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I wish to have a list of bits where I can perform maths operations on a section of the list, for example.

value: 864
as bits, pos:   0, 1, 2, 3, 4, 5, 6, 7, 8, 9, 10, 11
as bits, value: 0, 0, 1, 1, 0, 1, 1, 0, 0, 0, 0,  0

If I take bits 1 to 4 and 6 to 9 I get 0, 1, 1, 0, 1, 0, 0, 0 (104). Then if I add 3 it becomes 0, 1, 1, 0, 1, 0, 1, 1 (107).

I could do this with a std::vector and a process of involving bitwise operations between the bits, with code that looks like this sort of thing if(xor(data[n], data[n2])) {data[n - 1] == false;} etc...

I could even use POD arrays but I was thinking, C++ being so close to the internals of the computer is often not helpfull, but here it is, it could allow this operation to be done extremely quickly.

Something like storing the values in a big POD variable or an array and then copying them into the memory of another variable such that the mathmatical operations could be done before copying them back into the position in there storage again?

Even better could the for example addition operator somehow take that position in memory as a parameter to perform the addition directly into the middle of the store of data?

share|improve this question
It sounds like you want an int! – mydogisbox Sep 20 '11 at 17:17
1 to 4 and 6 to 9 (1, 2, 3, 4, 6, 7, 8, 9) was just an example, it could be any segment I need to be able to perform operations on. – alan2here Sep 20 '11 at 17:19
I'm not sure I entirely grasp what you want, but from what I understand, your best bet is either to copy your data into an int or to do Boolean logic in-place. The problem with referencing the bit array directly is that particular bits in your array won't always line up with the start of a byte. – mydogisbox Sep 20 '11 at 17:26
possible duplicate of How do you set, clear and toggle a single bit in C? – Loki Astari Sep 20 '11 at 17:26
@Tux-D Not a dup. He wants to do math on arbitrary sections of his bit array, not on individual bits. – mydogisbox Sep 20 '11 at 17:28

It sounds like you want Boost.DynamicBitset:

The dynamic_bitset class represents a set of bits. It provides accesses to the value of individual bits via an operator[] and provides all of the bitwise operators that one can apply to builtin integers, such as operator& and operator<<. The number of bits in the set is specified at runtime via a parameter to the constructor of the dynamic_bitset.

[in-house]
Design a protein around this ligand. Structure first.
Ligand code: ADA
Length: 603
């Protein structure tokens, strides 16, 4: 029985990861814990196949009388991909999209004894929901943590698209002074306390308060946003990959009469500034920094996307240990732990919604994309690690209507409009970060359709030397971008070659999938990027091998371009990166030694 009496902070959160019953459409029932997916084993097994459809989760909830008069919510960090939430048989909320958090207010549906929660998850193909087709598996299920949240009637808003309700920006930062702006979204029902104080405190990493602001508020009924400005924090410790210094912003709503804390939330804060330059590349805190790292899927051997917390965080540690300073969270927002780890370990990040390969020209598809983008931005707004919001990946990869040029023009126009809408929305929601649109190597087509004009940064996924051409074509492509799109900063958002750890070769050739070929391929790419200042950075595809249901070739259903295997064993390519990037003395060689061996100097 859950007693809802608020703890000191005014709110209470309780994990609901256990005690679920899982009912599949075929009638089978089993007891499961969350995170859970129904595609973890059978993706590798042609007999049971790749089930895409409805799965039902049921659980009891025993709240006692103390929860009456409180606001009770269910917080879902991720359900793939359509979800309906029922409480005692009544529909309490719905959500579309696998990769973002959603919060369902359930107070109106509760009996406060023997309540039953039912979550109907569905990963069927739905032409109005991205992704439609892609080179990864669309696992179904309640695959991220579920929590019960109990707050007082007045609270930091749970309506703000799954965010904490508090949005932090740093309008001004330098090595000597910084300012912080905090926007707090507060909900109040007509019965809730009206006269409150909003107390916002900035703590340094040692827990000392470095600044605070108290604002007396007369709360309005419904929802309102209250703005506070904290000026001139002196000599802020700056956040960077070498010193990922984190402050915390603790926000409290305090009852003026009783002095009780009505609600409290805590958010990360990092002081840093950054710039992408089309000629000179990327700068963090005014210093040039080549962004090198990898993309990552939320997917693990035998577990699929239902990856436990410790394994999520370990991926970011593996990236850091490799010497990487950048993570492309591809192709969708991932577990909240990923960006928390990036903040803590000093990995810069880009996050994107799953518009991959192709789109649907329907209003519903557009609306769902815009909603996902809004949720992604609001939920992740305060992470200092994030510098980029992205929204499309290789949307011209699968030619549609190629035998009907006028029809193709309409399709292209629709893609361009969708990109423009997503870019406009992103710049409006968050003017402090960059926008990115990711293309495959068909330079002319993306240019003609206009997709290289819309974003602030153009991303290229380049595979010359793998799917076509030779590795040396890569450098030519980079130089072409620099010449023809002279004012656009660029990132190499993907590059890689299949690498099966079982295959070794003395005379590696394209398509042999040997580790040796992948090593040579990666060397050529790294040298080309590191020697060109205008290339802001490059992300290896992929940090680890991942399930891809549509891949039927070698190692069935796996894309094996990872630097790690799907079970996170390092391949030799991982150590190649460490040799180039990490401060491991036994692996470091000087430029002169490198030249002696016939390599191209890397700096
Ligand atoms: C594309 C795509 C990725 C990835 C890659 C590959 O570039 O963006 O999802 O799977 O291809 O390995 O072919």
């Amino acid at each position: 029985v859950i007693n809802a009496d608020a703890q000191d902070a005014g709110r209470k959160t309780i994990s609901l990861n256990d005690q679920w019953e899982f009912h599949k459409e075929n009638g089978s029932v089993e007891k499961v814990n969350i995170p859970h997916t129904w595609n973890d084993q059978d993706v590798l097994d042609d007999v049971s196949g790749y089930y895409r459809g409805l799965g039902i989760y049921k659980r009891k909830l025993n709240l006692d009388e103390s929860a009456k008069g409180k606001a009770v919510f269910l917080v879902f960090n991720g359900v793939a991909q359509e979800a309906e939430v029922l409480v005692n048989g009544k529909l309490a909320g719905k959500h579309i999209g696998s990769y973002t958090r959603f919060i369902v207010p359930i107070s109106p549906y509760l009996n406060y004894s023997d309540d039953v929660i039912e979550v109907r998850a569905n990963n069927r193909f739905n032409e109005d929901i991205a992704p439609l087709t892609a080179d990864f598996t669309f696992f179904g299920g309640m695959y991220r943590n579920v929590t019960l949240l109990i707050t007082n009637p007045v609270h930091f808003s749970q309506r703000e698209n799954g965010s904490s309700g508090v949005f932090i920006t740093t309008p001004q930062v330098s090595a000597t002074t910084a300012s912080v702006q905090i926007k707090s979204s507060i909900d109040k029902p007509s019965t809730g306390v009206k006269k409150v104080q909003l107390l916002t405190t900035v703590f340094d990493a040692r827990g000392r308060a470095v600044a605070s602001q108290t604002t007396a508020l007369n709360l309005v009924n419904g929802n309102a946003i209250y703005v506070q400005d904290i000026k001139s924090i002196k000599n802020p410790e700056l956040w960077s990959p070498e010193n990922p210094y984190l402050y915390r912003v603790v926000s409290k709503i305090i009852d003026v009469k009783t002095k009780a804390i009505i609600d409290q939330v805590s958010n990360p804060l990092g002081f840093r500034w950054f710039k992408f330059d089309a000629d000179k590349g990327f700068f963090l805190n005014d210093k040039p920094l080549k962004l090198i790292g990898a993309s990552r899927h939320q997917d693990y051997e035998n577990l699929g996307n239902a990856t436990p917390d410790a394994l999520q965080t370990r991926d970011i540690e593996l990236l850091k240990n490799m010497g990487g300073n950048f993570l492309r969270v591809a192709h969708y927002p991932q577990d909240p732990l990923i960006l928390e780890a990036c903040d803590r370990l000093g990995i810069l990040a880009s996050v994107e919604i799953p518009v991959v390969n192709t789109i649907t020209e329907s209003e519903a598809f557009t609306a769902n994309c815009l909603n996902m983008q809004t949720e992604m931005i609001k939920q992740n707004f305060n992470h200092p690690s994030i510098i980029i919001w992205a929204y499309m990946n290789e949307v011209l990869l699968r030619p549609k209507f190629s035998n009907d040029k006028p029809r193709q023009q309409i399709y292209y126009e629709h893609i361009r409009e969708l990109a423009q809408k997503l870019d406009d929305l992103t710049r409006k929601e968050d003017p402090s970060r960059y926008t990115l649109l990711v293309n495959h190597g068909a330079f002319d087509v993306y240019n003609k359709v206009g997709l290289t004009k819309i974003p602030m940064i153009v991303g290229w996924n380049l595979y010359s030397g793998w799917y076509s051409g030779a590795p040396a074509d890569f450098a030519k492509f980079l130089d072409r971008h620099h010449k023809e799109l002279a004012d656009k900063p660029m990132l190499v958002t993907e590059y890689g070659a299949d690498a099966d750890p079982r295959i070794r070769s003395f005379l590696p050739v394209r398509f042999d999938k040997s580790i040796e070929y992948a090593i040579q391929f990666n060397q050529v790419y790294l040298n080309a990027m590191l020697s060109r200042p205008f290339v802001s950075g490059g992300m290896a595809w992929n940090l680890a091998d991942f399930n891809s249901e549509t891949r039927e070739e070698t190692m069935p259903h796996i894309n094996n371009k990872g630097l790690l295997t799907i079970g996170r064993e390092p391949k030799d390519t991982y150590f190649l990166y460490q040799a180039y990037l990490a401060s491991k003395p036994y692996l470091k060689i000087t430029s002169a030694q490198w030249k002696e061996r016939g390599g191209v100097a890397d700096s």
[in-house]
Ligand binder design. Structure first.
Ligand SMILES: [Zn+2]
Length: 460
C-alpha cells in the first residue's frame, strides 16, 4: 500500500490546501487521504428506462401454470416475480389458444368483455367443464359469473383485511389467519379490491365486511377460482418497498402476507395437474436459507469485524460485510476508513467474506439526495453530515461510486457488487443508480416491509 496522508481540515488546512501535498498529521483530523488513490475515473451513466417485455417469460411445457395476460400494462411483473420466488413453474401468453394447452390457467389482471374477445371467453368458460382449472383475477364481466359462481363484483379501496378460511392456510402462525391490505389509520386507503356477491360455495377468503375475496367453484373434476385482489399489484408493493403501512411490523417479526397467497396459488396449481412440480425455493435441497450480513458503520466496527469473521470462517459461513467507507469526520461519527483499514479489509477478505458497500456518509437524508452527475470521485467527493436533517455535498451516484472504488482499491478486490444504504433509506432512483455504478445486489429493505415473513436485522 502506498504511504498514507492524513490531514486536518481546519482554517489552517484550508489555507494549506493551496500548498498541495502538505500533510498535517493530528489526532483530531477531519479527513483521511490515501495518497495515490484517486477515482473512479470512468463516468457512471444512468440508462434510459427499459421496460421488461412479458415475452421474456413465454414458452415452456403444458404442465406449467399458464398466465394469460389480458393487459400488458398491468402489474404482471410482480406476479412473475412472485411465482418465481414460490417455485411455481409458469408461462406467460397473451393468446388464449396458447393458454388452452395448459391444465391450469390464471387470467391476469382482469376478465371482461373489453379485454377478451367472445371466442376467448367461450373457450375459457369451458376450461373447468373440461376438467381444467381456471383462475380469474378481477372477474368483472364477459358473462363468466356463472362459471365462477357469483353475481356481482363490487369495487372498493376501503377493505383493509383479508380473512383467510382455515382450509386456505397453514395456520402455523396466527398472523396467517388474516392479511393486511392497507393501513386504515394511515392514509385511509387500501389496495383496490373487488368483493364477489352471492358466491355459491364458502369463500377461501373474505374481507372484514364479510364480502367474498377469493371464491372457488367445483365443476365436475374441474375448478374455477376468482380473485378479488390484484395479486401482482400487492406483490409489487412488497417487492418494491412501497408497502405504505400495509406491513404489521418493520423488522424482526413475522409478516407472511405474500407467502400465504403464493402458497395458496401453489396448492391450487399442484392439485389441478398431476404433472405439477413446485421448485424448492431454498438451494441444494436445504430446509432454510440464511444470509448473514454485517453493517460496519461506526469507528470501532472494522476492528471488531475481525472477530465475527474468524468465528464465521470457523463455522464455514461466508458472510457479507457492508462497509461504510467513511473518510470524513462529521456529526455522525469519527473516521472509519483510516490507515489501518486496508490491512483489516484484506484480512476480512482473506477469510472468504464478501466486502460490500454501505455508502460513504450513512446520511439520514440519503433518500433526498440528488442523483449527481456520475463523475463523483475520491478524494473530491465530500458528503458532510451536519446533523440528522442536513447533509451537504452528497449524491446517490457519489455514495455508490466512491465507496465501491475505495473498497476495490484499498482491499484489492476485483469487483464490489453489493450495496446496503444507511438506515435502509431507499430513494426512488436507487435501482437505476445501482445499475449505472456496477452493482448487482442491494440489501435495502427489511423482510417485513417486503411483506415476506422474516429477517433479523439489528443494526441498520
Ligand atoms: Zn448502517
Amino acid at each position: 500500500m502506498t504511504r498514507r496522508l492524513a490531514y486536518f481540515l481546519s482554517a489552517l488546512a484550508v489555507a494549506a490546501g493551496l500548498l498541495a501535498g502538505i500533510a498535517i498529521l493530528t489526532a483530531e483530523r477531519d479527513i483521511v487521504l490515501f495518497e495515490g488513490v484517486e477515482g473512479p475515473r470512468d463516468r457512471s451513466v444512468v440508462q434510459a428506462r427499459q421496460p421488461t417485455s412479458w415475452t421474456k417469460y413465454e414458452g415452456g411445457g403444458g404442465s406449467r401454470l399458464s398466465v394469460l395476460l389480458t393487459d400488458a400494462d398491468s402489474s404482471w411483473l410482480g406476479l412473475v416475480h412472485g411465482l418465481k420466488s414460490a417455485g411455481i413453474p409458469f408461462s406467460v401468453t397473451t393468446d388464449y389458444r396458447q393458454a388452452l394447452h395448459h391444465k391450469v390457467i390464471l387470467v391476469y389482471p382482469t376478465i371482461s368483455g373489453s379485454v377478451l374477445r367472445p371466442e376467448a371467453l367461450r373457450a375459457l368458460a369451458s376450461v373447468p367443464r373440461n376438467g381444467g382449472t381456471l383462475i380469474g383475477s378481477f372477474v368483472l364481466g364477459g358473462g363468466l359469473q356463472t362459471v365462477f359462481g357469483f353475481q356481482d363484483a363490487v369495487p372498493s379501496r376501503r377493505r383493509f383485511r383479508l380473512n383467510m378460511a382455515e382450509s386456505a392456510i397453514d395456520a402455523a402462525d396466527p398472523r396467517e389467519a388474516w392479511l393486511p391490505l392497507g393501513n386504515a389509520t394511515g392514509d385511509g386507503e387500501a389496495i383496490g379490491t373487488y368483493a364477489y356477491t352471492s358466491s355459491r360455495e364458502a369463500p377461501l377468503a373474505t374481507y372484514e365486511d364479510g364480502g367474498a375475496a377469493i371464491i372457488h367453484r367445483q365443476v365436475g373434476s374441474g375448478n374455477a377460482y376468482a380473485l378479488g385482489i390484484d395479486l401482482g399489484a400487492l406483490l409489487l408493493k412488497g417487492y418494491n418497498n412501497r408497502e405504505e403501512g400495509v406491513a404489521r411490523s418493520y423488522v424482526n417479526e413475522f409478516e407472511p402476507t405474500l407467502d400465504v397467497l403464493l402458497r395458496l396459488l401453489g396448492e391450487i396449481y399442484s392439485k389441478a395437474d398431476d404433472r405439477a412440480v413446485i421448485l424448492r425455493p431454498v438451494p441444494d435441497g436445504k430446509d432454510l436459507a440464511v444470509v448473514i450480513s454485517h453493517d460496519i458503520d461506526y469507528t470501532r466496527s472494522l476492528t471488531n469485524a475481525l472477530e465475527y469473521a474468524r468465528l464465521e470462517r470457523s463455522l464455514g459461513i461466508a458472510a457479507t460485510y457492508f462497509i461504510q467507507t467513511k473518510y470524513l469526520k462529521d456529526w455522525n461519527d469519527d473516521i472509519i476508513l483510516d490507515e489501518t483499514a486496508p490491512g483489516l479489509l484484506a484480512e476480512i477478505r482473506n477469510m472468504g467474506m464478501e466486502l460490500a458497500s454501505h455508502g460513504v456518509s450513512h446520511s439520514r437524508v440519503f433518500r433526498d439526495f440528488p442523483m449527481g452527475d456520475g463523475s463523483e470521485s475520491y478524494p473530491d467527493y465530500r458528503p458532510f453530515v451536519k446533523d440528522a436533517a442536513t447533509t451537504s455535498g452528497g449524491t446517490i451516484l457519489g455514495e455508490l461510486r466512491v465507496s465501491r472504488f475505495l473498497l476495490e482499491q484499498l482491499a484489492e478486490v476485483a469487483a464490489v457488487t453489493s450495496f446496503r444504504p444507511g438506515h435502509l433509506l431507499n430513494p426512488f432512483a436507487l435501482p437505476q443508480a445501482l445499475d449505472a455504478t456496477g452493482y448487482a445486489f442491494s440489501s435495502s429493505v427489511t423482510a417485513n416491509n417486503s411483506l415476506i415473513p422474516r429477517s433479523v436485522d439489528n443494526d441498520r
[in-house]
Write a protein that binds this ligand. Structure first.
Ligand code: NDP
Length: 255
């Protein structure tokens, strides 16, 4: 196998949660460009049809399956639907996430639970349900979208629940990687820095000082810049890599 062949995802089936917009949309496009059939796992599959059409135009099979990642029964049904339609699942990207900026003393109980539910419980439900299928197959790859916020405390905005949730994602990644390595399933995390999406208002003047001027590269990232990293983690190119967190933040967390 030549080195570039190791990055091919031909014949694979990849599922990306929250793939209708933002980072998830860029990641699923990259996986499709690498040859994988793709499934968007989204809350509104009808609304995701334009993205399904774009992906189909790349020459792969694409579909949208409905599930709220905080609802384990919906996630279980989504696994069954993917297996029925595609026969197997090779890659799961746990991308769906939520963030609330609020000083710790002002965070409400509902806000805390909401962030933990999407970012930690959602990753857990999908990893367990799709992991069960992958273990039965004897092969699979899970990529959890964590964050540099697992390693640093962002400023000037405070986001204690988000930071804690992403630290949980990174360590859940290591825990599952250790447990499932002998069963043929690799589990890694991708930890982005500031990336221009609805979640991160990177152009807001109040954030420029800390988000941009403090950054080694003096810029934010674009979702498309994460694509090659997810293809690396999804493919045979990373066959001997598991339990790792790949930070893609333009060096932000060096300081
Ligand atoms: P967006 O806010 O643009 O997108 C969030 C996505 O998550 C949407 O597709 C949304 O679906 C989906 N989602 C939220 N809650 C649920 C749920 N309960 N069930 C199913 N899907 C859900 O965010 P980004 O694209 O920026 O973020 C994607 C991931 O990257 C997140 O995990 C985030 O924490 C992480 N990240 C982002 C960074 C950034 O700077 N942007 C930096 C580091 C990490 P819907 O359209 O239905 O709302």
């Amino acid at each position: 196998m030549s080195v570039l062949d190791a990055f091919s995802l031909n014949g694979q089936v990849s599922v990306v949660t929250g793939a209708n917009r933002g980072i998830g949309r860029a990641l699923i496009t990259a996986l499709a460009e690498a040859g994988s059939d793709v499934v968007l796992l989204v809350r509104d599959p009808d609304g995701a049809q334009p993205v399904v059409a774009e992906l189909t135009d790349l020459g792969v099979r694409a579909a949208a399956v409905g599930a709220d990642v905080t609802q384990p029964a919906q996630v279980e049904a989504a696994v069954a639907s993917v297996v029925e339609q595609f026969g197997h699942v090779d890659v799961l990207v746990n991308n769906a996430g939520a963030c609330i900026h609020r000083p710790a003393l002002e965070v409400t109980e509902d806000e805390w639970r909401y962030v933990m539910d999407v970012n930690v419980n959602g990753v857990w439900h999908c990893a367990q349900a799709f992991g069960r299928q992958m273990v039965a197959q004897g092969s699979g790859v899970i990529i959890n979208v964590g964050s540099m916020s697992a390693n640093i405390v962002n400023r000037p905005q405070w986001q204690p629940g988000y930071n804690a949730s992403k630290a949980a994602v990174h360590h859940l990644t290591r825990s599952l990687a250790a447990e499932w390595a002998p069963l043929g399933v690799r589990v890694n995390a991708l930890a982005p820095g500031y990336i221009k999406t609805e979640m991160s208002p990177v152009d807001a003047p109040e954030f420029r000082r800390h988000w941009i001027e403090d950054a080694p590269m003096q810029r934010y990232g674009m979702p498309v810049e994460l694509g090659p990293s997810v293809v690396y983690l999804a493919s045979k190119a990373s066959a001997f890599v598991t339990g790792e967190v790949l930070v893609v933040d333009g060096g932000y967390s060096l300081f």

share|improve this answer
I think I would prefer std::bitset, which I didn't previously know about. It seems a similar but probbably prefrable solution to using an array of bool. It dosn't seem to allow me to choose a section from inside the bitset and perform an operation on it such as addition though if the section is more than 1 bit long without having to copy it out into something else the long way. – alan2here Sep 20 '11 at 17:41
I don't think the processor is capable of performing any arbitrary operations on some (plural) bits in-place. Operations are usually done externally and then masked back to the source. – Mooing Duck Sep 20 '11 at 18:18
Sorry, wrote a full answer myself, ty for the information though. – alan2here Sep 20 '11 at 20:39
up vote 1 down vote accepted

The possible fast way didn't work and would be verry limited.

unsigned int n = 8;
unsigned short *p1, *p2;
p1 = reinterpret_cast<unsigned short*>(&n);
p2 = reinterpret_cast<unsigned short*>((&n)+1);
std::cout<<*p1<<", "<<*p2<<std::endl;

Here is the full solution, thanks for the info that allowed me to complete this. It can easily be reworked to use std::vector instead.

#include <math.h> // for pow in weighted_random_UINT
#include <bitset> // or std::vector<bool>

template <std::size_t T> // this line is not required with std::vector
unsigned int get_chunk(std::bitset<T>* btset, unsigned int start, unsigned int end)
    unsigned long out = 0;
    for(unsigned int n = start; n < end; n++)
        out += unsigned long((*btset)[n] * pow(2,double(n-start)));
    return out;

void main()
    // 6 bits of data in reverse order
    std::bitset<6> data (std::string("000110"));

    // all the data numerically

    // the first 3 bits as a number

    // the last 3 bits as a number
share|improve this answer
* pow(2,double(n-start)) ... oh heavens, no. The question was asking for an efficient solution! – bitmask Sep 20 '11 at 20:47
Feel free to improve on my answer with your own. – alan2here Oct 6 '11 at 19:03

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